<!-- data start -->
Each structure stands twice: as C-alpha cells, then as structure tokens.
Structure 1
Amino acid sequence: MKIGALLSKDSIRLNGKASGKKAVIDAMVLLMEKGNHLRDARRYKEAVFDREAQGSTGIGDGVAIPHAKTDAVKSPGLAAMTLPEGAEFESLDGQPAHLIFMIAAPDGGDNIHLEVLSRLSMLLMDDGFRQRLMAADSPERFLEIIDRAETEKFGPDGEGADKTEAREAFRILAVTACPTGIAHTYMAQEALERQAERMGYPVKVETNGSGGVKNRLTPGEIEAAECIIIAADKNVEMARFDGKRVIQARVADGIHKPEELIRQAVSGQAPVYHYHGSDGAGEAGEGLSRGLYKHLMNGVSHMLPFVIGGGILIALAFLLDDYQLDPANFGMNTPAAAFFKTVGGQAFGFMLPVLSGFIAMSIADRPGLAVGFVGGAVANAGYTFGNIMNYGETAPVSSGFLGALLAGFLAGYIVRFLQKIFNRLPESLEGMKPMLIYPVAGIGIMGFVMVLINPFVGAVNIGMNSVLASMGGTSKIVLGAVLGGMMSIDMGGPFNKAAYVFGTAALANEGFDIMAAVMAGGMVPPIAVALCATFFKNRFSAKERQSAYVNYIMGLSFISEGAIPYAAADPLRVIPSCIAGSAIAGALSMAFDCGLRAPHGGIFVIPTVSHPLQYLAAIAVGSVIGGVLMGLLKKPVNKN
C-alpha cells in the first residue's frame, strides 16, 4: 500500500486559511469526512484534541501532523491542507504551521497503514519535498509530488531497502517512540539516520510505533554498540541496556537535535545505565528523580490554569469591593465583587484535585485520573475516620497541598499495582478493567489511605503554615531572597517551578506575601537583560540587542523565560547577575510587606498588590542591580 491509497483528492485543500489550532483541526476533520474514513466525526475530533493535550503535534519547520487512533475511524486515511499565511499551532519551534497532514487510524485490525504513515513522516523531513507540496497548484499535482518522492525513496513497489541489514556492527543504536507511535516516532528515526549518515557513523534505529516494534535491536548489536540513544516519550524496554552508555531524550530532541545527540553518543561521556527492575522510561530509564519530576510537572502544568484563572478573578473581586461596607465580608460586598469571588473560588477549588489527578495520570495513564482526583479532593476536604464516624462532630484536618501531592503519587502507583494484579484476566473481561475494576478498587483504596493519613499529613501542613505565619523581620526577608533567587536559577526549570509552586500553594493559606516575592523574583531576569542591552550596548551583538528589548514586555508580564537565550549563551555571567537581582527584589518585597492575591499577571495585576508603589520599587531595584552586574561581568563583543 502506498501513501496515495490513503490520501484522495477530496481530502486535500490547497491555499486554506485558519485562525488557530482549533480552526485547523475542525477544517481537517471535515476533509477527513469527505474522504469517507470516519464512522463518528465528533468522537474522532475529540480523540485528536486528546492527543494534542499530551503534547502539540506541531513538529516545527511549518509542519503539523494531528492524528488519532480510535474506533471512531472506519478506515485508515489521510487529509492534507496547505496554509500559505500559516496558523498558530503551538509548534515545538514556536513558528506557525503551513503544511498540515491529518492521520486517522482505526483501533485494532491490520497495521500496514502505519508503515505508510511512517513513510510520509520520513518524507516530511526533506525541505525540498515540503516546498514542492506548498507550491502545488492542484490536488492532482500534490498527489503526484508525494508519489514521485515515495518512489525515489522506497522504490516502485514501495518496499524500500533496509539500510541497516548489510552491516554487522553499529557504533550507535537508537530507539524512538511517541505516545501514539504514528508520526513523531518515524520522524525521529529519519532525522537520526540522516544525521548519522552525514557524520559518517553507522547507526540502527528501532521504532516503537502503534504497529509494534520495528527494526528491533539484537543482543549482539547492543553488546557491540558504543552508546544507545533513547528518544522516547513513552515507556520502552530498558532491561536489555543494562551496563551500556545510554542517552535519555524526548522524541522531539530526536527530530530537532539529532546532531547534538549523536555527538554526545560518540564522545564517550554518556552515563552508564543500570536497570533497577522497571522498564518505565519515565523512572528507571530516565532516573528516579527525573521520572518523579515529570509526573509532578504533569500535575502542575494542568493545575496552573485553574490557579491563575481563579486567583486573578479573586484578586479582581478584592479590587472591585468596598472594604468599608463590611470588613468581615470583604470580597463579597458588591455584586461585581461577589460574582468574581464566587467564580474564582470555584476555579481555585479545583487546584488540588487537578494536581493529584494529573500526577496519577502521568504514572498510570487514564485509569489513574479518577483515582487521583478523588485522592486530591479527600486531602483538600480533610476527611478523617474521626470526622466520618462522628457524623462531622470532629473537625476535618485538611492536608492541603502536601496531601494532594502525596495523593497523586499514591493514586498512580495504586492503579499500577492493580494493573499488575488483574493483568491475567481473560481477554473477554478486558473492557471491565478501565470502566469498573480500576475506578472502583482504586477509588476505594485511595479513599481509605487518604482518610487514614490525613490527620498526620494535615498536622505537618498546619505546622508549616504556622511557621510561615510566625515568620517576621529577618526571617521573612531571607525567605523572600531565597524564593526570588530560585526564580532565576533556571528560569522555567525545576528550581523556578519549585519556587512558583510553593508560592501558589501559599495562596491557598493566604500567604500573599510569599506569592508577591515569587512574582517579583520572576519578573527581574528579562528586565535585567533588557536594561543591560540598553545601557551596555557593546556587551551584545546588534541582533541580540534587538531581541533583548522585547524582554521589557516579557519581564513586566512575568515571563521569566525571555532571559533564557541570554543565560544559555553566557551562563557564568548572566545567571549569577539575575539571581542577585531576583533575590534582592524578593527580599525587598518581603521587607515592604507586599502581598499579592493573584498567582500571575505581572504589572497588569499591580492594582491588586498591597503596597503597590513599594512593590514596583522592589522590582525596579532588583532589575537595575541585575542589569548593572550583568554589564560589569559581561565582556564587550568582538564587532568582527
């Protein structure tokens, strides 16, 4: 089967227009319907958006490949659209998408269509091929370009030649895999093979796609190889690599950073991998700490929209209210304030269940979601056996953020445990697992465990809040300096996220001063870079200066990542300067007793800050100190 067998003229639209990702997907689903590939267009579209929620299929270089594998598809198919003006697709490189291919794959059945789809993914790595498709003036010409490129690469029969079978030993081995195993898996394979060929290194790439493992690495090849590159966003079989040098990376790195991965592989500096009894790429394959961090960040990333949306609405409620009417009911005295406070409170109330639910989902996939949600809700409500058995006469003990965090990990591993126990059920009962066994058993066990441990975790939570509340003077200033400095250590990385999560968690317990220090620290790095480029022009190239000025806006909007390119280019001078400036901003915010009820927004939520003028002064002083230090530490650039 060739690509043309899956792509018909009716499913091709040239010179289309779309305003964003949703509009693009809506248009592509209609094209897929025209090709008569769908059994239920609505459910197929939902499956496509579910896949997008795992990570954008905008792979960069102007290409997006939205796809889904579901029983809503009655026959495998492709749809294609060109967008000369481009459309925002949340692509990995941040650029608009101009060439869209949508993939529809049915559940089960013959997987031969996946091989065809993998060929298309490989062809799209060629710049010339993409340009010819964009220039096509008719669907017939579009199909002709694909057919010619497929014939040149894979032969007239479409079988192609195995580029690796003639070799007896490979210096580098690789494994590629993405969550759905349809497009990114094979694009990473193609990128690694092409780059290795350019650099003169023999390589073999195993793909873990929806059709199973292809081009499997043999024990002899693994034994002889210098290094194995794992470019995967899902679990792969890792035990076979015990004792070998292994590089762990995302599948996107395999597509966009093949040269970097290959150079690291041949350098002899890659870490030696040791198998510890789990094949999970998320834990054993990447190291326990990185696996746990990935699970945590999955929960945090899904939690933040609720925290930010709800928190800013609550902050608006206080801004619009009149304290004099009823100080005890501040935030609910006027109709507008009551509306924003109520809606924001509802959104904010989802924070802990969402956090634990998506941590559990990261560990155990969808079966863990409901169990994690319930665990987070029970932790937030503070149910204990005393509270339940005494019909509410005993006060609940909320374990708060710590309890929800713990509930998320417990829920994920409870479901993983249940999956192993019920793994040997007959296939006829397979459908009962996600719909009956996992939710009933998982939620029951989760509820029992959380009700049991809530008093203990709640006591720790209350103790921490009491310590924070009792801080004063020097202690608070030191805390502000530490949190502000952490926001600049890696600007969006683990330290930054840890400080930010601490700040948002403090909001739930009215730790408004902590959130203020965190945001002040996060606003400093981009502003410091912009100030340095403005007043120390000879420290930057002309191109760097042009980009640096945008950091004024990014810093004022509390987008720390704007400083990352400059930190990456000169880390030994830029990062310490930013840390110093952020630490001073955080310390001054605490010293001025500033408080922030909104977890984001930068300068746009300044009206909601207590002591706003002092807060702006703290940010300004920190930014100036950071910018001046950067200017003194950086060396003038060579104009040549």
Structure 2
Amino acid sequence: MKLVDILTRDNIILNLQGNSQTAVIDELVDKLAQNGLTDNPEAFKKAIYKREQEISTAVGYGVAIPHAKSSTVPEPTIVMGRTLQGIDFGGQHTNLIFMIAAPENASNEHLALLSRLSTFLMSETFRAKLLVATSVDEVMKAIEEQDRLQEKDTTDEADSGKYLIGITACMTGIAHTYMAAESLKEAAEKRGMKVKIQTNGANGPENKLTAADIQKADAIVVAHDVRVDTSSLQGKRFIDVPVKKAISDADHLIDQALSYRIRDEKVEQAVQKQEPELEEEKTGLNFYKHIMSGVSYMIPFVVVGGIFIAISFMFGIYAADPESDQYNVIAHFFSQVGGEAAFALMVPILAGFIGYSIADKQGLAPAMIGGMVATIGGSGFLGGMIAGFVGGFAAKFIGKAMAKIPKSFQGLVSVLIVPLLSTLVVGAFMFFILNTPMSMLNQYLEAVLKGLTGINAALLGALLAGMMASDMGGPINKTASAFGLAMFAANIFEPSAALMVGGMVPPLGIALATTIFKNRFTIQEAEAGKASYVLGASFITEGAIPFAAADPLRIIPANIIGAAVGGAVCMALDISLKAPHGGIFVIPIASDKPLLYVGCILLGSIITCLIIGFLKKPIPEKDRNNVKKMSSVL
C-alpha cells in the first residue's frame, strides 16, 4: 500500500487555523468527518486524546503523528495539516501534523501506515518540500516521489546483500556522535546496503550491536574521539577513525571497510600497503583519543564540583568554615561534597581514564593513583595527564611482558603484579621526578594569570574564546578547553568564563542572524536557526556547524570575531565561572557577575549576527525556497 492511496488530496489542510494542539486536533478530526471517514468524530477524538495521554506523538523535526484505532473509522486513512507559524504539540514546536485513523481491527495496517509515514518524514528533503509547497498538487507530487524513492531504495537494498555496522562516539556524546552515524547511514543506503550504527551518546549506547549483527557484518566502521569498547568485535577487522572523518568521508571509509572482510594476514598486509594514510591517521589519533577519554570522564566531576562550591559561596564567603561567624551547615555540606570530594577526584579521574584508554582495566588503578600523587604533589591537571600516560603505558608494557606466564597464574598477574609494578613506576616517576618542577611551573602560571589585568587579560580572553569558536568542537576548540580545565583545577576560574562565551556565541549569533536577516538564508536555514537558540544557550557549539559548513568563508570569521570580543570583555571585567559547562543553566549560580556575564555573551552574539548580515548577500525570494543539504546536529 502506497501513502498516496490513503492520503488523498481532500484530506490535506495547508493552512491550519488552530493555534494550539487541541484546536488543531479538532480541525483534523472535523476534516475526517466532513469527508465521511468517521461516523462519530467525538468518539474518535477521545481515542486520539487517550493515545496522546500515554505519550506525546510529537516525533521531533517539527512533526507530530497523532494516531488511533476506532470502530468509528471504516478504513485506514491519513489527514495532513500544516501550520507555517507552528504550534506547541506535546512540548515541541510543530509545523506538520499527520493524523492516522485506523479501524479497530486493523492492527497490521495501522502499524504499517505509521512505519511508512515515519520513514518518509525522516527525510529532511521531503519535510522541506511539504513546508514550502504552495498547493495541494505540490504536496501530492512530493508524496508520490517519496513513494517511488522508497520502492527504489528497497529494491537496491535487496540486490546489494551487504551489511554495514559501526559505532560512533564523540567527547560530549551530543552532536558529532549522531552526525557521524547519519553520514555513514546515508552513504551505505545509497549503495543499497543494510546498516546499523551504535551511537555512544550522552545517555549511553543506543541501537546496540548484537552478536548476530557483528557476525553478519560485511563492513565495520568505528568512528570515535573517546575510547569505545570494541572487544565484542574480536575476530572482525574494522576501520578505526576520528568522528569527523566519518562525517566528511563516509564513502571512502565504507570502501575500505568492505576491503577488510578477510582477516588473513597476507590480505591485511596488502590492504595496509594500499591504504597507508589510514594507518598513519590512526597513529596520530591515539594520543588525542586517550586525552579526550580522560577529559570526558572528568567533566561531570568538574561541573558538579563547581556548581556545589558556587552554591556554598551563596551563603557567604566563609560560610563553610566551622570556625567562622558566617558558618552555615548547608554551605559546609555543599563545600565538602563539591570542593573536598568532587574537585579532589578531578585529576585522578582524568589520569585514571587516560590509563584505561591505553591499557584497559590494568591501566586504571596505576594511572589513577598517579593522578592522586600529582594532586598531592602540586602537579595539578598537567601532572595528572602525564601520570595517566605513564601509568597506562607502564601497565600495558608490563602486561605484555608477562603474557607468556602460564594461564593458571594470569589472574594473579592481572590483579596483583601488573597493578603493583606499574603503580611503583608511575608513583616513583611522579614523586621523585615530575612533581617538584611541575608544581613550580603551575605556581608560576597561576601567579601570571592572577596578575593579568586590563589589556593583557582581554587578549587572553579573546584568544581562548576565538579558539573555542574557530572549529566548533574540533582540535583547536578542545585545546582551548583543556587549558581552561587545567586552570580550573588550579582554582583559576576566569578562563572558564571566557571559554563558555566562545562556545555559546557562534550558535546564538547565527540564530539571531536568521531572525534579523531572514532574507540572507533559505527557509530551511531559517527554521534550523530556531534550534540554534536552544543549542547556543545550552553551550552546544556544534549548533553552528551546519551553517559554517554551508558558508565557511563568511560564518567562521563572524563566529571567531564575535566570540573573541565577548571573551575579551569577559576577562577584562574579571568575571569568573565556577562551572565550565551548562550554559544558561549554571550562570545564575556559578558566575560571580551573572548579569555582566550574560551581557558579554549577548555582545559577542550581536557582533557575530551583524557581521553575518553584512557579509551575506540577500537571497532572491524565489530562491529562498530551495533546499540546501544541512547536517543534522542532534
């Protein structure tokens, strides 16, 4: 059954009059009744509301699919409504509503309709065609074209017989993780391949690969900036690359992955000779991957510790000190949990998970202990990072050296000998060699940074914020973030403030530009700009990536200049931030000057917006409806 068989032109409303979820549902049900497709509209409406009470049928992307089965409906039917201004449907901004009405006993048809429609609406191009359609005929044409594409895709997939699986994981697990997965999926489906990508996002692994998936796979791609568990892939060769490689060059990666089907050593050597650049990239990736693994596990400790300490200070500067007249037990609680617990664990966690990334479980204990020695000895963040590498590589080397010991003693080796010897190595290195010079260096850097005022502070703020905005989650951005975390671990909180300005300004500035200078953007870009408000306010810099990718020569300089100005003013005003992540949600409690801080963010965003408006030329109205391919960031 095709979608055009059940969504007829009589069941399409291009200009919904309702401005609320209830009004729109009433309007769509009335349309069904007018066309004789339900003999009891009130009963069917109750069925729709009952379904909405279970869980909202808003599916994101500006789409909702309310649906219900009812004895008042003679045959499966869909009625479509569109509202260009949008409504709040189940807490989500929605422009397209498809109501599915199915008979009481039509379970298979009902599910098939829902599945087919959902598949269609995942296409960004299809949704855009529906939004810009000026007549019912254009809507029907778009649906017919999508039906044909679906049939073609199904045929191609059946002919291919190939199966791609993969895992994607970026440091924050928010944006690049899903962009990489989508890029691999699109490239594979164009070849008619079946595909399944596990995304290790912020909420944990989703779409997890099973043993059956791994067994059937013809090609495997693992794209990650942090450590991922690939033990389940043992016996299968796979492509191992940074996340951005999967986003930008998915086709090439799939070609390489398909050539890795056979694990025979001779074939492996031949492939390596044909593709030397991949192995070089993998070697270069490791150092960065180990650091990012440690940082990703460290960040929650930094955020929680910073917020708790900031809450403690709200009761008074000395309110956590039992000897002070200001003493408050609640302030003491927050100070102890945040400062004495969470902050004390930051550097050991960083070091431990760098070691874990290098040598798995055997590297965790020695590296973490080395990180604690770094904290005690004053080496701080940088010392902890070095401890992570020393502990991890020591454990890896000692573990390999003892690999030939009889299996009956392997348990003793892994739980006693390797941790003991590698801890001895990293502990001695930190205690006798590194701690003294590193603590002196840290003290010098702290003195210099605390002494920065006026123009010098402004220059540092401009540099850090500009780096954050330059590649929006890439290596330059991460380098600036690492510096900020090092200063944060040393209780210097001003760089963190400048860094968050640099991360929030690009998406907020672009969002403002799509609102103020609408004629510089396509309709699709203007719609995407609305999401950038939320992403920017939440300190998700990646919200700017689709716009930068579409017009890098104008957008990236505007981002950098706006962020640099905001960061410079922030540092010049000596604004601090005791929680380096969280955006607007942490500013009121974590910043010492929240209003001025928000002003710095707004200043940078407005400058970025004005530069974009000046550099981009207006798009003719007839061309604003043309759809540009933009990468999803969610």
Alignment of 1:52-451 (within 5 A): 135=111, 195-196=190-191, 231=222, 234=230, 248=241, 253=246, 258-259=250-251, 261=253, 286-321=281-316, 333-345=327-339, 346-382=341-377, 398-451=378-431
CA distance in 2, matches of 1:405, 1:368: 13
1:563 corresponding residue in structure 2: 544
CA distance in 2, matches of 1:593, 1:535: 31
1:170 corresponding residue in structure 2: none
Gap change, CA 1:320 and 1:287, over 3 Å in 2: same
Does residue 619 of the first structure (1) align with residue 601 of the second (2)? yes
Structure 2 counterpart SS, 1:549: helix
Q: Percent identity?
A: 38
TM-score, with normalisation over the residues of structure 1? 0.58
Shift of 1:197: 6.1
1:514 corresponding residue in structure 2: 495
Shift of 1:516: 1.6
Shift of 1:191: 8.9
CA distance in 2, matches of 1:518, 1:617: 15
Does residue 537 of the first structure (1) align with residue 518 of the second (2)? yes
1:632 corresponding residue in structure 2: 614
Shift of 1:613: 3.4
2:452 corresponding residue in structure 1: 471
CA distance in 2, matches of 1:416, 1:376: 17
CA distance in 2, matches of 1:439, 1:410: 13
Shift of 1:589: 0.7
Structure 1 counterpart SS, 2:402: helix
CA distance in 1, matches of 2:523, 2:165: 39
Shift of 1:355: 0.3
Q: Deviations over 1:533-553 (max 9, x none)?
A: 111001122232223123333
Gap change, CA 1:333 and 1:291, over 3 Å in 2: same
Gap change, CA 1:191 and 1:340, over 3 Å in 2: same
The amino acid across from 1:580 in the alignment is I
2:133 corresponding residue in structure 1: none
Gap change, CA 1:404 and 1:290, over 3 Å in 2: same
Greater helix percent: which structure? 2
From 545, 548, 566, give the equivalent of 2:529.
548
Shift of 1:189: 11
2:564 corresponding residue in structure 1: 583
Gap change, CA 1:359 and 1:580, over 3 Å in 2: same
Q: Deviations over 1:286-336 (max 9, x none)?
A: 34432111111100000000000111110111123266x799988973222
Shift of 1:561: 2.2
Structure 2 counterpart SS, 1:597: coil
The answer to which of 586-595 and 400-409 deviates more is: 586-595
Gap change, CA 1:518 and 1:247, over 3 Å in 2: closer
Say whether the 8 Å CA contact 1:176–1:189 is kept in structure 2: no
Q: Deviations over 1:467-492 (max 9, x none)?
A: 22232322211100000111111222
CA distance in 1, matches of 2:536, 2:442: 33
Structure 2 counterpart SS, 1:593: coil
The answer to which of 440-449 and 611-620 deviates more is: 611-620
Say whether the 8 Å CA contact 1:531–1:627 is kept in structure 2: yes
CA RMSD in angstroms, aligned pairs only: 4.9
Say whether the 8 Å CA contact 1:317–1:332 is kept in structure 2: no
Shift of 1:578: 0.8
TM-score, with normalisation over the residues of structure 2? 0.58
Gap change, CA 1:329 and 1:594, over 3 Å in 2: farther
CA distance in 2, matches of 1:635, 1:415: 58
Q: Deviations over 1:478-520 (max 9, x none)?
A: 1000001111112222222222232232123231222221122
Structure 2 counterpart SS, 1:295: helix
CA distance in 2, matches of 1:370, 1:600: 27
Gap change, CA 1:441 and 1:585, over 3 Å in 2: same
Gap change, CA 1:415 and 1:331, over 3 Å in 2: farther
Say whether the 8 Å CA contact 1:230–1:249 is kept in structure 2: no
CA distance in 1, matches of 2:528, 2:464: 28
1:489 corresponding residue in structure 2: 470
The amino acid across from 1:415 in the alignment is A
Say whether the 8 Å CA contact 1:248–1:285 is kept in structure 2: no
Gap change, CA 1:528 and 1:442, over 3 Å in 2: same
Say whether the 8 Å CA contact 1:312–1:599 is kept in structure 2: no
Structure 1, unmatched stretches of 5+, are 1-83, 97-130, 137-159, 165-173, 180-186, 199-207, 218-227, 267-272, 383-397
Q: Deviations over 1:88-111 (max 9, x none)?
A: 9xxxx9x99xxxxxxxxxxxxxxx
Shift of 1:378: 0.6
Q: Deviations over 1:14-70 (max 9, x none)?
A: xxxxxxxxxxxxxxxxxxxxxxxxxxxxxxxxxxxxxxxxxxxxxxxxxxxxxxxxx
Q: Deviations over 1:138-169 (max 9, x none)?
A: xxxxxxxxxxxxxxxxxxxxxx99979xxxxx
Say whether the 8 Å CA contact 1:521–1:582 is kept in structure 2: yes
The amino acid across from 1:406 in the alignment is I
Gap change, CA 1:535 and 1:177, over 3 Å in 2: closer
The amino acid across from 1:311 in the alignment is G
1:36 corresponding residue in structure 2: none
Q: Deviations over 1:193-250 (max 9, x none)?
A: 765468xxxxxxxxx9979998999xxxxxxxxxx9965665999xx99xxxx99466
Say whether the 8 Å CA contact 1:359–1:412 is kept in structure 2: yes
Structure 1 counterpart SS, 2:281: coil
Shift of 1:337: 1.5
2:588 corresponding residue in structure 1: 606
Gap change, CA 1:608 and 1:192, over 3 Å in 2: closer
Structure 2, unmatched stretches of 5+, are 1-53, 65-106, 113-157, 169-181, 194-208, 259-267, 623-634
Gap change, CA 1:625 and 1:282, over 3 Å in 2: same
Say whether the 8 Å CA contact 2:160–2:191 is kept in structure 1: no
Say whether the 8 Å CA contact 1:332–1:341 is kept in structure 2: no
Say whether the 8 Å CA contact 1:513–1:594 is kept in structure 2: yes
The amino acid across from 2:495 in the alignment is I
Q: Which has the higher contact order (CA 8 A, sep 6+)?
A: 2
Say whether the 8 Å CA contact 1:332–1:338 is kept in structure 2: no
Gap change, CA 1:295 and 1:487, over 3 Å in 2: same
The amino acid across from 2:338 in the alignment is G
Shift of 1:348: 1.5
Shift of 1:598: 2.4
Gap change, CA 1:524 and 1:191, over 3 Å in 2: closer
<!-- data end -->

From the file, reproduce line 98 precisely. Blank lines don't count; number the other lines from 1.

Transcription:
Shift of 1:337: 1.5